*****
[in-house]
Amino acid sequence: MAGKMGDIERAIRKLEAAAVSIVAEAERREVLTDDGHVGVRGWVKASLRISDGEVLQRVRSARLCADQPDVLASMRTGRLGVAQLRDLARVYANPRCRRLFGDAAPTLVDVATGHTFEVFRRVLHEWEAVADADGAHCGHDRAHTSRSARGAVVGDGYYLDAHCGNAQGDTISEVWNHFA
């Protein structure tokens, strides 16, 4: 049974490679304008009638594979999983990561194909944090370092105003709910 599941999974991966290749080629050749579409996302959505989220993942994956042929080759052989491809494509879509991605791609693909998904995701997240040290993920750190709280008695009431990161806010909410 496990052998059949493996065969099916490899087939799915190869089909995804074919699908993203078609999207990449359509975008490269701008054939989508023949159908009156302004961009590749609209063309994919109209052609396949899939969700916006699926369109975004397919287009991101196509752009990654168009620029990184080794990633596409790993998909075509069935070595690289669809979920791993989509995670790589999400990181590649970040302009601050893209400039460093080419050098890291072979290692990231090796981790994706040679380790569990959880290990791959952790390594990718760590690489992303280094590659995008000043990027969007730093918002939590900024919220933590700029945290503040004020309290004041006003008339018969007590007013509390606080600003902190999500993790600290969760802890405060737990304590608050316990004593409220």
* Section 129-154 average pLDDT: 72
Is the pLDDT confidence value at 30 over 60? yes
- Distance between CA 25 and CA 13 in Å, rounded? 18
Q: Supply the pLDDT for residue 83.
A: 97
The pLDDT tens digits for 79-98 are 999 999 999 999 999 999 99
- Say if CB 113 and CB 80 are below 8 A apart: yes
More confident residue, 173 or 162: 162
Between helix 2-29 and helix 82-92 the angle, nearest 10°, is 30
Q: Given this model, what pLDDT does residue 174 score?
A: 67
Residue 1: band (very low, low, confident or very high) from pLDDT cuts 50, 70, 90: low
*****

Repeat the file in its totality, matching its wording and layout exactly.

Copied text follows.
[in-house]
Amino acid sequence: MAGKMGDIERAIRKLEAAAVSIVAEAERREVLTDDGHVGVRGWVKASLRISDGEVLQRVRSARLCADQPDVLASMRTGRLGVAQLRDLARVYANPRCRRLFGDAAPTLVDVATGHTFEVFRRVLHEWEAVADADGAHCGHDRAHTSRSARGAVVGDGYYLDAHCGNAQGDTISEVWNHFA
């Protein structure tokens, strides 16, 4: 049974490679304008009638594979999983990561194909944090370092105003709910 599941999974991966290749080629050749579409996302959505989220993942994956042929080759052989491809494509879509991605791609693909998904995701997240040290993920750190709280008695009431990161806010909410 496990052998059949493996065969099916490899087939799915190869089909995804074919699908993203078609999207990449359509975008490269701008054939989508023949159908009156302004961009590749609209063309994919109209052609396949899939969700916006699926369109975004397919287009991101196509752009990654168009620029990184080794990633596409790993998909075509069935070595690289669809979920791993989509995670790589999400990181590649970040302009601050893209400039460093080419050098890291072979290692990231090796981790994706040679380790569990959880290990791959952790390594990718760590690489992303280094590659995008000043990027969007730093918002939590900024919220933590700029945290503040004020309290004041006003008339018969007590007013509390606080600003902190999500993790600290969760802890405060737990304590608050316990004593409220």
* Section 129-154 average pLDDT: 72
Is the pLDDT confidence value at 30 over 60? yes
- Distance between CA 25 and CA 13 in Å, rounded? 18
Q: Supply the pLDDT for residue 83.
A: 97
The pLDDT tens digits for 79-98 are 999 999 999 999 999 999 99
- Say if CB 113 and CB 80 are below 8 A apart: yes
More confident residue, 173 or 162: 162
Between helix 2-29 and helix 82-92 the angle, nearest 10°, is 30
Q: Given this model, what pLDDT does residue 174 score?
A: 67
Residue 1: band (very low, low, confident or very high) from pLDDT cuts 50, 70, 90: low